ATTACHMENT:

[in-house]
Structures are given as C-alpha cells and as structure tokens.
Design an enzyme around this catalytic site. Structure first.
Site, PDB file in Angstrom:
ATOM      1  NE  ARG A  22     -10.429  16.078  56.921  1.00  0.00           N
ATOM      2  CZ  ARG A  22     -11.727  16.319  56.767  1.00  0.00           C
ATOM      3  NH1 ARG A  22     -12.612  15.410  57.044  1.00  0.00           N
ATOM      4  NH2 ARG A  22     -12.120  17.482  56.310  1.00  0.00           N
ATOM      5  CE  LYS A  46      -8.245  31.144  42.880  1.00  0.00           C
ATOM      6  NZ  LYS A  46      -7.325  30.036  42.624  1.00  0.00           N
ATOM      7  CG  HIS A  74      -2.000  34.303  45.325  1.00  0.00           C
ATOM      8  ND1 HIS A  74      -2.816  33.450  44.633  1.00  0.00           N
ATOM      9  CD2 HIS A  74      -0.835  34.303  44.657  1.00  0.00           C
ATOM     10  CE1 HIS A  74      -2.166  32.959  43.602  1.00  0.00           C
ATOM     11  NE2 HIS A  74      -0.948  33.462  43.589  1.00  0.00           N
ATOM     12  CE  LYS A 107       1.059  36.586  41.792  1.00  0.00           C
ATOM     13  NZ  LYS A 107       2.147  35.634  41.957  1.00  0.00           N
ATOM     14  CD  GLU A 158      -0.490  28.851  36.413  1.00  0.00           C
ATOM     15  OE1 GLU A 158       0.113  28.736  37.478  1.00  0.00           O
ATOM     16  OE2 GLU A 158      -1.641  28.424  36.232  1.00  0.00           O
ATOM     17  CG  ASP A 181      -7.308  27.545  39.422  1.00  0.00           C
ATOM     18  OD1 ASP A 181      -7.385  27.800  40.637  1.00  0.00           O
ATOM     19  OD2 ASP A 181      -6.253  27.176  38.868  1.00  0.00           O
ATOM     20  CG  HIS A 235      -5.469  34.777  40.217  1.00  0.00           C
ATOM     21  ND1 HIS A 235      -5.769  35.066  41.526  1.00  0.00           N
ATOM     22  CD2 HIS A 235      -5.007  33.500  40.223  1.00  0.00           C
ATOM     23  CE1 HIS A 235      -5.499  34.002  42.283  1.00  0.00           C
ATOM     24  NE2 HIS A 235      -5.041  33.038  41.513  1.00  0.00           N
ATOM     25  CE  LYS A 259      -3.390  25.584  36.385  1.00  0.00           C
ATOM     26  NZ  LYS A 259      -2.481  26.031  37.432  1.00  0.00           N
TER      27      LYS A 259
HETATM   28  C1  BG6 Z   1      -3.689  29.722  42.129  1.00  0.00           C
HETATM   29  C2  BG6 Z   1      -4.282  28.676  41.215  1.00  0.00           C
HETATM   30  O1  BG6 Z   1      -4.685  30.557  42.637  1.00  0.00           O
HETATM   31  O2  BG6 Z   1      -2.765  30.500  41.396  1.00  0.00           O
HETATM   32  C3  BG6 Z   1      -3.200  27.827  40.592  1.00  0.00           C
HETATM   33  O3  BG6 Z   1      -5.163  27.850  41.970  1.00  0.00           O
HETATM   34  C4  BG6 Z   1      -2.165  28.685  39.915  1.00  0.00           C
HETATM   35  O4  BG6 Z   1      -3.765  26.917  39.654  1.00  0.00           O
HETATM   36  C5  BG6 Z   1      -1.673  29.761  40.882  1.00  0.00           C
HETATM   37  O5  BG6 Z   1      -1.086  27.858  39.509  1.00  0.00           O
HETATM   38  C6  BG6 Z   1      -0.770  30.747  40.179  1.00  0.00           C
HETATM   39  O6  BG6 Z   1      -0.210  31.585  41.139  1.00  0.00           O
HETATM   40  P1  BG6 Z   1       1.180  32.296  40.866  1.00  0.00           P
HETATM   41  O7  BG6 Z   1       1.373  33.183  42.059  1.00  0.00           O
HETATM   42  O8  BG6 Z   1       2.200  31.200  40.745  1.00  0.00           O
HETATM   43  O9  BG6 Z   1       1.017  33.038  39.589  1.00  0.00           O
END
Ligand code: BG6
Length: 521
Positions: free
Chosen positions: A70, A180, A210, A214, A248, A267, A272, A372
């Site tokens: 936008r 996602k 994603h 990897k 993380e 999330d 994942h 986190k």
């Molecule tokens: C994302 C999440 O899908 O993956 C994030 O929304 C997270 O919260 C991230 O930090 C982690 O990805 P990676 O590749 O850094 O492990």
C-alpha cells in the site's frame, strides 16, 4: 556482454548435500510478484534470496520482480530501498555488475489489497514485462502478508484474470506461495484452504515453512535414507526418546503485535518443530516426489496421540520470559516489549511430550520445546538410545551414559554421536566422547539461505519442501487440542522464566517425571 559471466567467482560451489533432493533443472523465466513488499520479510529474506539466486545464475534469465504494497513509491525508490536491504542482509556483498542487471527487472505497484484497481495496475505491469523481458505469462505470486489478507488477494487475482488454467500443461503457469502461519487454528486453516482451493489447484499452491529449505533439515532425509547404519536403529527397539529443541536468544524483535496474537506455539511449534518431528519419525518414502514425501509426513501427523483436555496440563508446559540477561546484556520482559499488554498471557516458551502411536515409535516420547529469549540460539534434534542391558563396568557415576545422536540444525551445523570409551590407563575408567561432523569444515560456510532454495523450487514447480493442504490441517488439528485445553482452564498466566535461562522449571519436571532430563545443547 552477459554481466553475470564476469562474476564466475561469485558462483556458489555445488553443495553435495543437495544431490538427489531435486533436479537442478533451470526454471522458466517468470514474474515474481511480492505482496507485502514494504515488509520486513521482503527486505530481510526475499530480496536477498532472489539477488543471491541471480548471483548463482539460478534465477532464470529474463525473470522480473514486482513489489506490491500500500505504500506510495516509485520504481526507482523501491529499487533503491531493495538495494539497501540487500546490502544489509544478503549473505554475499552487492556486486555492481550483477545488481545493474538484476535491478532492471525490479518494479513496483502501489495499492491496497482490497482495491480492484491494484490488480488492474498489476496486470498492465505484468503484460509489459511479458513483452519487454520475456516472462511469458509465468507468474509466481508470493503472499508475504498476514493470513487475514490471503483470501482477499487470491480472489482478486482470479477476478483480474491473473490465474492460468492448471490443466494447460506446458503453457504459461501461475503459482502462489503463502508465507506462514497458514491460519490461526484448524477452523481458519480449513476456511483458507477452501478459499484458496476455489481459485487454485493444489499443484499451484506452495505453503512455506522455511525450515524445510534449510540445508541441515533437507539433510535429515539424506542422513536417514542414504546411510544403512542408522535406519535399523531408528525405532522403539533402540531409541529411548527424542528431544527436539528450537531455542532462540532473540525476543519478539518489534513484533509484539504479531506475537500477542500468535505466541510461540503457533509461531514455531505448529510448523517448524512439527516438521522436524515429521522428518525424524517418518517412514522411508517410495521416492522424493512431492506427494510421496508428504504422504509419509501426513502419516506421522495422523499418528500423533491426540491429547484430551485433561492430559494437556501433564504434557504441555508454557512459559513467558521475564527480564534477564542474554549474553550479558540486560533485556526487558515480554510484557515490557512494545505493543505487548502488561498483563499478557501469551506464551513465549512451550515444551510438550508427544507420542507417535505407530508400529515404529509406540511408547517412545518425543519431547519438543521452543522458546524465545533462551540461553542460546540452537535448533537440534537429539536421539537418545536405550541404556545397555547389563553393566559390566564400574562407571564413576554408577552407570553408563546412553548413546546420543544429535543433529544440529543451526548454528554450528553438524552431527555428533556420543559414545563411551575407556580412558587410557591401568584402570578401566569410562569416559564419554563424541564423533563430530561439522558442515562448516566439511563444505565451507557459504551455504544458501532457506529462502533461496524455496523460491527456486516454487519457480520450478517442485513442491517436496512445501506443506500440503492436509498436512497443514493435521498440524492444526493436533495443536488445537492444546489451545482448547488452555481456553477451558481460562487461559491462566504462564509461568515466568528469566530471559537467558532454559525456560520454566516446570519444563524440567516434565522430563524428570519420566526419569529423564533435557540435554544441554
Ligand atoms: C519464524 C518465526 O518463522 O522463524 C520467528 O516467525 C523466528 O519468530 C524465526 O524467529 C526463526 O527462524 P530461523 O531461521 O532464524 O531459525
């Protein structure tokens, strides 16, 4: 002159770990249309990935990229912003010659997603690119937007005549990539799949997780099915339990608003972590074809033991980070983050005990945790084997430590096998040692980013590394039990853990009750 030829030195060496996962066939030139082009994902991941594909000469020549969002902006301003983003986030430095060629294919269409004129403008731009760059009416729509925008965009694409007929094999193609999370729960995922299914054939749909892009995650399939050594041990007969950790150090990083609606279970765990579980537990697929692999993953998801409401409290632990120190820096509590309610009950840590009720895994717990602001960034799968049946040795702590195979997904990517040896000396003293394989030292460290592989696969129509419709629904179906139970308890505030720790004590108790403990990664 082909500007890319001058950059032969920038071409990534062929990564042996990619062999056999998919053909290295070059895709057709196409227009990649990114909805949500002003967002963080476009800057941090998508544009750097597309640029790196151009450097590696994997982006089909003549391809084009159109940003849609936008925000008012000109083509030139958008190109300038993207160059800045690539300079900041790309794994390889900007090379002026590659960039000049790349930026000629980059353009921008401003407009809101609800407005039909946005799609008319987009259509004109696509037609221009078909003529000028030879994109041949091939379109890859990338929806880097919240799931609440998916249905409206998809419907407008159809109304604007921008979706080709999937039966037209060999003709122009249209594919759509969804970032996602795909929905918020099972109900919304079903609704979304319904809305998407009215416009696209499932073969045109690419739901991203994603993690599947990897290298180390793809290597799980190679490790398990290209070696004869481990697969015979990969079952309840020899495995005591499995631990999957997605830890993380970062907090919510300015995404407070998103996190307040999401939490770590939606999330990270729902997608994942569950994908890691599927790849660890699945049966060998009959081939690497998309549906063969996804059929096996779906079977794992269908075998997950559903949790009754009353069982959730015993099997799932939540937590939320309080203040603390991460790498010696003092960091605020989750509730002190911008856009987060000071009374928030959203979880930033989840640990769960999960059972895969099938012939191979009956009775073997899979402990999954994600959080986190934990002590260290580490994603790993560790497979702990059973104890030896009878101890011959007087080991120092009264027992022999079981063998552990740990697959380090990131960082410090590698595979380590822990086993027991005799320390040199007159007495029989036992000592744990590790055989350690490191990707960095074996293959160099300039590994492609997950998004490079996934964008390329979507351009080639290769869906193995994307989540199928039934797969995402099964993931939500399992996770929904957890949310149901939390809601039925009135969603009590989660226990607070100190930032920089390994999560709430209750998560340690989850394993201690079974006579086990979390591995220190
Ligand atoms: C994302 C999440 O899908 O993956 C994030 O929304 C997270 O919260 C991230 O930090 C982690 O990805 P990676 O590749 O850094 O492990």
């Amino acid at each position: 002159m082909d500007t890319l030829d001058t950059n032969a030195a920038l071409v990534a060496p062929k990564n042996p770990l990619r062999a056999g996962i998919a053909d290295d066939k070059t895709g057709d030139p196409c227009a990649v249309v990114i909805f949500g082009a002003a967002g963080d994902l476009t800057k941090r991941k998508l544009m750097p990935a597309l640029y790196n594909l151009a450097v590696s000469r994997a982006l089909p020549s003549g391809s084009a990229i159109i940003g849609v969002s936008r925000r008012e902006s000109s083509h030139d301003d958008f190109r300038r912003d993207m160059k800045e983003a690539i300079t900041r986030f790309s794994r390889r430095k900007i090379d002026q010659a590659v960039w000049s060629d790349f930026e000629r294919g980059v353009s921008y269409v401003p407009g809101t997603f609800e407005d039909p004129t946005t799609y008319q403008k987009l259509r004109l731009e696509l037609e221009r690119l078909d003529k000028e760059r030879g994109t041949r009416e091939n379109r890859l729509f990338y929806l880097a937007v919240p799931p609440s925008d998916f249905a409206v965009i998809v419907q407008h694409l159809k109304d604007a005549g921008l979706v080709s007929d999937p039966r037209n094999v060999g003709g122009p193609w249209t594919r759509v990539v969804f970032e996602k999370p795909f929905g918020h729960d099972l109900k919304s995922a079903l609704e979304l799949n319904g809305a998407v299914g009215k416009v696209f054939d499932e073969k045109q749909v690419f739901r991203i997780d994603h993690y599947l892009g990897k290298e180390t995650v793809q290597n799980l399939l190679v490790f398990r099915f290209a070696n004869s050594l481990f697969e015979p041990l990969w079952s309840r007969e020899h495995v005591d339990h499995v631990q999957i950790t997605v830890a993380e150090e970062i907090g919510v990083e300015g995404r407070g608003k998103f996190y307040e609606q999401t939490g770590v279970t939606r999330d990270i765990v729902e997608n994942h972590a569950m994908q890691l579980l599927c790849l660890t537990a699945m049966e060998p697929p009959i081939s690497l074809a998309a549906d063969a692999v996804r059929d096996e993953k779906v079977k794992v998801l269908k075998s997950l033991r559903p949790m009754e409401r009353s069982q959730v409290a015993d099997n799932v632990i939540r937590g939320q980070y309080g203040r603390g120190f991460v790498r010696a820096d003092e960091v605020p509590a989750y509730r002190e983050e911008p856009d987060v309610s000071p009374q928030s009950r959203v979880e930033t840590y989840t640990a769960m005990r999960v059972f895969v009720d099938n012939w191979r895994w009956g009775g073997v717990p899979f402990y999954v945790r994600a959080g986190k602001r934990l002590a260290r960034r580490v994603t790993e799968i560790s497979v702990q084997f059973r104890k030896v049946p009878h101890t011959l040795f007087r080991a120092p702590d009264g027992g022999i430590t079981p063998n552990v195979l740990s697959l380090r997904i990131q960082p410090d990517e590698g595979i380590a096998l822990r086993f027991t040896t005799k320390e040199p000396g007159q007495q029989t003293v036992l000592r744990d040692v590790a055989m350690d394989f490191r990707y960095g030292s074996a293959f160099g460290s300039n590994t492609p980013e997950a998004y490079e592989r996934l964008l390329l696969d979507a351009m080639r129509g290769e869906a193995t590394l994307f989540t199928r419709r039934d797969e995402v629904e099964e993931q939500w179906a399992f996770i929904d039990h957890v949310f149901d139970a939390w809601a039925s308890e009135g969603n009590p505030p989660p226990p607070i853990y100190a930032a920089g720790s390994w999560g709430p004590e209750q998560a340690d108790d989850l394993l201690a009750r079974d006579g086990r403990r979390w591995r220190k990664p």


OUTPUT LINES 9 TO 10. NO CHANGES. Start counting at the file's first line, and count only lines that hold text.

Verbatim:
ATOM      5  CE  LYS A  46      -8.245  31.144  42.880  1.00  0.00           C
ATOM      6  NZ  LYS A  46      -7.325  30.036  42.624  1.00  0.00           N